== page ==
Dear Prime Minister,
You claimed at Prime Minister's Questions today that "yesterday Labour announced - in an important announcement - that it is now their policy to put up taxes on middle income people". This is not true. It is a lie
In fact, as you surely know, since your own party circulated a transcript later, I had made a straightforward defence of our system of progressive taxation - the idea that people on higher incomes should - and do - pay more in tax overall than people on lower incomes. The full quote is here:
"But I would say Henry one of the things that I would argue that might, should probably make a really big difference to you is having a really good health service. Because you don't want to have to pay for health insurance. You don't want to have to pay to go pr ivate to get really good healthcare system. And I think that is not just for working class people it's for middle class people as well. And the same with education, you know, really good school system that helps people from lower income families and middle income families as well so I think that actually the idea that there are some things that help people on low incomes and other that help people on middle incomes. Yes I think people on middle incomes should contribute more through their taxes. But actually they need those public services like the transport system."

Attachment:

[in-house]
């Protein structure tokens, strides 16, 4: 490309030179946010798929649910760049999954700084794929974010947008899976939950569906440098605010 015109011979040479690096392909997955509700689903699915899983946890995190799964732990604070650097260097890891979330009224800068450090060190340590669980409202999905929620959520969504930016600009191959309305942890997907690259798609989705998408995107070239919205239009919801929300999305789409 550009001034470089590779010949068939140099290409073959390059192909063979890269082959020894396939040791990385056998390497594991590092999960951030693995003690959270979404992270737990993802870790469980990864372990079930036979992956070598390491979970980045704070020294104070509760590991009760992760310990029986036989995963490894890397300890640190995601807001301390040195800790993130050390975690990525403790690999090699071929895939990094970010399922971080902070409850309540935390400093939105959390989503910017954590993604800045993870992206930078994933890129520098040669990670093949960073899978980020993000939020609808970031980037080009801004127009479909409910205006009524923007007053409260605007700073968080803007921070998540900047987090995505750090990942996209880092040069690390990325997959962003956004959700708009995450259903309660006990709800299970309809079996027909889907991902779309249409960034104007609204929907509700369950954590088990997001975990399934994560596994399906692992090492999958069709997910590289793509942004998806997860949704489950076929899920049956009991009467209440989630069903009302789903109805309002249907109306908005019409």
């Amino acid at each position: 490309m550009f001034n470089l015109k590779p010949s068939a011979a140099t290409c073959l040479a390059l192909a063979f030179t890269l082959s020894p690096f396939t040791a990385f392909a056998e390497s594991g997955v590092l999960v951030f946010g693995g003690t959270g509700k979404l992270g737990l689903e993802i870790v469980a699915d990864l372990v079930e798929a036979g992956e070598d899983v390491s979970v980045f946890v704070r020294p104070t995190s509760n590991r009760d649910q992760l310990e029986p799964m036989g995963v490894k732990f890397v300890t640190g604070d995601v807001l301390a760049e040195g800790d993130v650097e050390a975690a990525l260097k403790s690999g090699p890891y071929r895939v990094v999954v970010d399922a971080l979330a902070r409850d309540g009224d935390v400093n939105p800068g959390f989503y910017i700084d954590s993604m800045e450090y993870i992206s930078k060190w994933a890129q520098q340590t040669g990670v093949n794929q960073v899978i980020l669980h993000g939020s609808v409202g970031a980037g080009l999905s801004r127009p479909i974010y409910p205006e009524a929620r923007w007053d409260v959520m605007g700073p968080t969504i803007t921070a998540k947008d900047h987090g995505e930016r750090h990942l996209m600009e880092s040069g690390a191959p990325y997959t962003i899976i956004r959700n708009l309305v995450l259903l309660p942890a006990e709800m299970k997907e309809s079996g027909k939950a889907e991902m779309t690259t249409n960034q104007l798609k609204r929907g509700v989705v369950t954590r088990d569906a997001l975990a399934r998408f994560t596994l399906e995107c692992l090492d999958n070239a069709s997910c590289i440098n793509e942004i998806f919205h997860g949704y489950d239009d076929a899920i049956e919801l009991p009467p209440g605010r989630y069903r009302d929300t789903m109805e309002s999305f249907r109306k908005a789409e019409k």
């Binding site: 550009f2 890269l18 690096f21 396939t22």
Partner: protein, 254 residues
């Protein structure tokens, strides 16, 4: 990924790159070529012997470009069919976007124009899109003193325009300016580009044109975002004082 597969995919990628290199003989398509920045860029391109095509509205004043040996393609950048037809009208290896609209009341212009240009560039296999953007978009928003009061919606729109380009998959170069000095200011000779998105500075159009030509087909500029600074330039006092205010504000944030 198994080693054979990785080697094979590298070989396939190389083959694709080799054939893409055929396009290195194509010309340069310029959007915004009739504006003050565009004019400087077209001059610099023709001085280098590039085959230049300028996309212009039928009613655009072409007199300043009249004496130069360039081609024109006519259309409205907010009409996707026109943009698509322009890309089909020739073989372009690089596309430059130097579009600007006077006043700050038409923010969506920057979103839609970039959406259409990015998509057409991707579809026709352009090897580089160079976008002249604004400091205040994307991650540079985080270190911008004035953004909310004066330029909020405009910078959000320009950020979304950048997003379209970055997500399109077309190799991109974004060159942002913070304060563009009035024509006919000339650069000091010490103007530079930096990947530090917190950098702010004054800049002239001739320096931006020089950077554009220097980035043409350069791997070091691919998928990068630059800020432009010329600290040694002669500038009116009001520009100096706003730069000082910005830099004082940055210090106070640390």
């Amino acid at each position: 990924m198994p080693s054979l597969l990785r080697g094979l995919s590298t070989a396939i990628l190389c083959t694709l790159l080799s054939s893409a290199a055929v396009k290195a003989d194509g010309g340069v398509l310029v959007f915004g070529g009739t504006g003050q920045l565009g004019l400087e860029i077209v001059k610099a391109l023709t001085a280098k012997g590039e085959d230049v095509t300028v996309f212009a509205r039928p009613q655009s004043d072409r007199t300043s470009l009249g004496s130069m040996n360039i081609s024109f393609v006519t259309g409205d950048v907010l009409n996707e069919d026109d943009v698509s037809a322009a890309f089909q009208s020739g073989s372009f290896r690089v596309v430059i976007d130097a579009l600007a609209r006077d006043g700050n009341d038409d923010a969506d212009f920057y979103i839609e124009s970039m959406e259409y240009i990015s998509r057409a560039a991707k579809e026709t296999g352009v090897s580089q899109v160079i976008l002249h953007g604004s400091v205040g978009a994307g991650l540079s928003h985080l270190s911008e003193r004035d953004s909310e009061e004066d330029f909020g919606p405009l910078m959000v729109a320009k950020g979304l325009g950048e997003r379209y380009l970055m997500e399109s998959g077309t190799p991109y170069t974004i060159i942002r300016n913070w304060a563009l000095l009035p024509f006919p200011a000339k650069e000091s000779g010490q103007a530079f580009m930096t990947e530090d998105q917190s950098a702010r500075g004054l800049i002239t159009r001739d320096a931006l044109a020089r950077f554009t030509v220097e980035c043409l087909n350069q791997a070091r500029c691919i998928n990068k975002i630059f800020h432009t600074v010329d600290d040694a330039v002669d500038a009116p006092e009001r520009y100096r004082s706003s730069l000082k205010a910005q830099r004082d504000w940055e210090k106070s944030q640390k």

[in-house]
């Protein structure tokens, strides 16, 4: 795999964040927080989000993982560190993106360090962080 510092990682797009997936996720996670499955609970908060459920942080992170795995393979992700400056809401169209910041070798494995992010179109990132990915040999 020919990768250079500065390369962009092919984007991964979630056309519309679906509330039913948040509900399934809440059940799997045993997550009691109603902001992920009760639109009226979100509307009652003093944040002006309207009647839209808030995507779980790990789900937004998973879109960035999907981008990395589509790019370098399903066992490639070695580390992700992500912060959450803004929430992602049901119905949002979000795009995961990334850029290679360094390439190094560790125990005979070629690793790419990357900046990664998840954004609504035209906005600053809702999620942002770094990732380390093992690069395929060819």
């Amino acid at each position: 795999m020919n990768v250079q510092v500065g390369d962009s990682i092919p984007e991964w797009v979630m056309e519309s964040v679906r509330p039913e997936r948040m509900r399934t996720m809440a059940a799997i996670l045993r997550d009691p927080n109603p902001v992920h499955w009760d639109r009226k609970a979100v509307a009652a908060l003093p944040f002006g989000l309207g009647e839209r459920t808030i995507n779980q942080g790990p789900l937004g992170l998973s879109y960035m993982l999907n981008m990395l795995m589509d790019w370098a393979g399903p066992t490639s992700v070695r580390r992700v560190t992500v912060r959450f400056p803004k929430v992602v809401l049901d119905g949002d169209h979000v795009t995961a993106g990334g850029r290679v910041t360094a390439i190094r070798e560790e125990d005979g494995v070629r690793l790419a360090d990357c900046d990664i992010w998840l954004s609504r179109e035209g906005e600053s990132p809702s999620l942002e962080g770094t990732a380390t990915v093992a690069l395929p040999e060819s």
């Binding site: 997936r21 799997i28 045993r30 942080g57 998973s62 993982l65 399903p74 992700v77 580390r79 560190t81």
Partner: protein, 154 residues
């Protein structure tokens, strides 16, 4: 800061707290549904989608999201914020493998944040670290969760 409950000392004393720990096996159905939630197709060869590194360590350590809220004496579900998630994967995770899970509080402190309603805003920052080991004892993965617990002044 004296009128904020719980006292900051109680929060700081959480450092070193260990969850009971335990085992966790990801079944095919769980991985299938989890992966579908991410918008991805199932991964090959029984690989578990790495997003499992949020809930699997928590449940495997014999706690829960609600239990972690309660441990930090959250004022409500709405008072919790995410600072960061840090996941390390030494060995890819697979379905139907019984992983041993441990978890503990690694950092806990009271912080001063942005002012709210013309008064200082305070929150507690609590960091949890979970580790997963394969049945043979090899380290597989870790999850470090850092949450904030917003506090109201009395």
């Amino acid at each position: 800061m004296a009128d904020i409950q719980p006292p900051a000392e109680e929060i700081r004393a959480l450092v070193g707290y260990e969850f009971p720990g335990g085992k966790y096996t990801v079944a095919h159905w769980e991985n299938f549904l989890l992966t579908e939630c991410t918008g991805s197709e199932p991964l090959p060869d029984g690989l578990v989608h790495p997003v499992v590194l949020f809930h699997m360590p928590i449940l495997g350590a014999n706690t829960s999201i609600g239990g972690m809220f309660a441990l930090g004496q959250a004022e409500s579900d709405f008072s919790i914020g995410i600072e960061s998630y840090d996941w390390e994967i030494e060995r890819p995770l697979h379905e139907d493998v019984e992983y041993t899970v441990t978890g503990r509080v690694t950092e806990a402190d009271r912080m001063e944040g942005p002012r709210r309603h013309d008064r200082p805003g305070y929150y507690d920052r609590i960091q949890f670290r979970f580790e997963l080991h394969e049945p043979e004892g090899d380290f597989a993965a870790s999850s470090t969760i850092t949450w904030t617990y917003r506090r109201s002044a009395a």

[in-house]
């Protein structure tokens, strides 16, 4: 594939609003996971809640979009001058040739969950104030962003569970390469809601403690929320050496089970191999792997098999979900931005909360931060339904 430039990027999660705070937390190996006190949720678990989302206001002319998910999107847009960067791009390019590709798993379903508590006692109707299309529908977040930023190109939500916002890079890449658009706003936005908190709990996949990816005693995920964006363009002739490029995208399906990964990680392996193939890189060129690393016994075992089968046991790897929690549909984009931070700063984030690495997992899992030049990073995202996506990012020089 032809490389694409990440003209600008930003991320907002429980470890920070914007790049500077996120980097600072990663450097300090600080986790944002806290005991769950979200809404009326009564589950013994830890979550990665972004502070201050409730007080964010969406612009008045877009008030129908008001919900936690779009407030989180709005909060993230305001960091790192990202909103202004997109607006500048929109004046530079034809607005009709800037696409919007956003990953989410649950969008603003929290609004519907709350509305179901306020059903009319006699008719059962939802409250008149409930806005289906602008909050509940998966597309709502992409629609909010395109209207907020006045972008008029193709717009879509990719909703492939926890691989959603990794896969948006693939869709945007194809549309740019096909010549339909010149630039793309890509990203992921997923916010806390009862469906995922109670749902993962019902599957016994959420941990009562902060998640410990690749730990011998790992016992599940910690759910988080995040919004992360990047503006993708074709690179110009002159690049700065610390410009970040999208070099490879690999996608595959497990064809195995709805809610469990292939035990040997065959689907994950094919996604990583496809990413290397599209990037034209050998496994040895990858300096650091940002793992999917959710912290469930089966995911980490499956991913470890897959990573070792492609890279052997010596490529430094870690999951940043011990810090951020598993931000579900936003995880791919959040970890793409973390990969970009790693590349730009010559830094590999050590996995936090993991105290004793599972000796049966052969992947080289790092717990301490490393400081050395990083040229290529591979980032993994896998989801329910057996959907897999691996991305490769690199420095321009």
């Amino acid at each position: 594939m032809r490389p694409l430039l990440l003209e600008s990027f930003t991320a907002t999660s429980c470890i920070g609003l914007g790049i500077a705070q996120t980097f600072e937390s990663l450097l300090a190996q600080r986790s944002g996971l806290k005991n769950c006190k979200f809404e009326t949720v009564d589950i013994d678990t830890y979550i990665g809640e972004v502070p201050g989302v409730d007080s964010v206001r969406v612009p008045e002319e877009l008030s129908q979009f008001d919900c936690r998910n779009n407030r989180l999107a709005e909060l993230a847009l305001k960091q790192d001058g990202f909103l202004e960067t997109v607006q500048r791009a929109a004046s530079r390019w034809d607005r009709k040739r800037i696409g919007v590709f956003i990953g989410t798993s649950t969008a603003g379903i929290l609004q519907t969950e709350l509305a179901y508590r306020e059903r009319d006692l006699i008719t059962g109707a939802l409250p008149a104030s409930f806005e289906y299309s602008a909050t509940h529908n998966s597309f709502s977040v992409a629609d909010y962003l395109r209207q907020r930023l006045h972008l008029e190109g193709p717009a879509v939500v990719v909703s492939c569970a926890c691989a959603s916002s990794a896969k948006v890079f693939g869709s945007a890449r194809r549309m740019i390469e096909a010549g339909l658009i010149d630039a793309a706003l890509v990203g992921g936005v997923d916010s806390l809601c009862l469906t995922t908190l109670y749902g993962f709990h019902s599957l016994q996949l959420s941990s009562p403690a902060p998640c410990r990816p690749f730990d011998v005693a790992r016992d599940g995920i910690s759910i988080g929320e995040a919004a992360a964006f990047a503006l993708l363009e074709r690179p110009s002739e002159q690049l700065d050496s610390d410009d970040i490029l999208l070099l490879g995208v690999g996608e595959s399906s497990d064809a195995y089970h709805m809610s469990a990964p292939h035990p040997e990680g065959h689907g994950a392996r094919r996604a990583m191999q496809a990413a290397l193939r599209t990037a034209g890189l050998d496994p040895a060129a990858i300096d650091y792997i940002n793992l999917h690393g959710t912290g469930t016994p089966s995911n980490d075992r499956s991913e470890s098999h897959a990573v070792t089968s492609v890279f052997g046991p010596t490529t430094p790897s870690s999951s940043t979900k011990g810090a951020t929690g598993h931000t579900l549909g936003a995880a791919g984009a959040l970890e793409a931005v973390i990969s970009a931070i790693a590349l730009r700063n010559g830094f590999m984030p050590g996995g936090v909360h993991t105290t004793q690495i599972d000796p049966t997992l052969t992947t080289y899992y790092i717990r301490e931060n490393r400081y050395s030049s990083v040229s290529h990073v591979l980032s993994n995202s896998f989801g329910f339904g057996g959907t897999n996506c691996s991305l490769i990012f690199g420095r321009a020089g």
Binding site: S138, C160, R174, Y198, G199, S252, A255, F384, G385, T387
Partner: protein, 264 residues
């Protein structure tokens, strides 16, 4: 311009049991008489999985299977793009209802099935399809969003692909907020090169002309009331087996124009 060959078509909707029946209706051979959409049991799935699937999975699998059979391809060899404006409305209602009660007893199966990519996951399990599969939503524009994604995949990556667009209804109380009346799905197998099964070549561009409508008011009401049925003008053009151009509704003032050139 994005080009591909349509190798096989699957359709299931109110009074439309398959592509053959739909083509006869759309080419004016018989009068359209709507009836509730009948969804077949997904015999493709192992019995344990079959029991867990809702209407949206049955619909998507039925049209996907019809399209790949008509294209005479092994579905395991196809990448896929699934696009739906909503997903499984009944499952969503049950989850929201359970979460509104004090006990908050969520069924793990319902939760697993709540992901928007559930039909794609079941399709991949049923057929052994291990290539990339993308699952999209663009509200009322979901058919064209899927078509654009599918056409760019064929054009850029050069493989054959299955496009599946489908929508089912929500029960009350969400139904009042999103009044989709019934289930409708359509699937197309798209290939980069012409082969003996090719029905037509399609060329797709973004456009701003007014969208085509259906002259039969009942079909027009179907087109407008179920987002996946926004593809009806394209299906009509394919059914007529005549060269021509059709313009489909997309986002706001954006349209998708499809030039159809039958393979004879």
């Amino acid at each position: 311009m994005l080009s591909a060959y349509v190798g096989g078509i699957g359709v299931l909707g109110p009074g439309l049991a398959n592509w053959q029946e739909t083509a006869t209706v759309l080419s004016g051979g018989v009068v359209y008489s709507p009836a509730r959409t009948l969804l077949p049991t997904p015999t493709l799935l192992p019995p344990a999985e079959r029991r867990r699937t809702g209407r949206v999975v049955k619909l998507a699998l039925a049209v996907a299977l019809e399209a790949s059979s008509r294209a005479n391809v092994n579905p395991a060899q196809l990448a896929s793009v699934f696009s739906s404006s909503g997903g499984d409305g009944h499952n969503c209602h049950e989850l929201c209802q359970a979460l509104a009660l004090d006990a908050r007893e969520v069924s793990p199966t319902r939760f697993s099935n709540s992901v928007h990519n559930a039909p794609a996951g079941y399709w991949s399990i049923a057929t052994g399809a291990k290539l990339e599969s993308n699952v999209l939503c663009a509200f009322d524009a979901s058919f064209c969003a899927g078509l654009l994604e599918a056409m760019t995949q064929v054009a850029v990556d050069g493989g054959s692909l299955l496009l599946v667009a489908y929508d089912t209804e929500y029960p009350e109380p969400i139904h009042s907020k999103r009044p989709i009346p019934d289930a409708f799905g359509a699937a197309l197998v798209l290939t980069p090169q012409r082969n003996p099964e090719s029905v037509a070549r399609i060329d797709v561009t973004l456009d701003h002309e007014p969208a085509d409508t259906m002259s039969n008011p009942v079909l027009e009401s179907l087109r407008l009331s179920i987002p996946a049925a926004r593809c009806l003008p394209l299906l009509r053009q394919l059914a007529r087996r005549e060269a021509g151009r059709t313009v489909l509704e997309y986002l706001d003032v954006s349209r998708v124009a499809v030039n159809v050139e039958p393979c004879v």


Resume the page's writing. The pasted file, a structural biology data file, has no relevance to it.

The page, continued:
Harriet Harman, LBC, 14 July 2014
It is utterly clear that this is not a call for higher taxes, but a defence of a system which has previously commanded wide support, in which people on middle incomes contribute more than people on lower incomes.
While the principle of progressive taxation has been undermined in recent years, by your Government's decision to raise VAT and to cut the top rate of tax for the highest earners, even you had not seriously questioned it until today.
Our politics, and the quality of public debate, requires that all participants, however much they may disagree, take part in good faith.
Harriet Harman MP
Deputy Leader of the Labour Party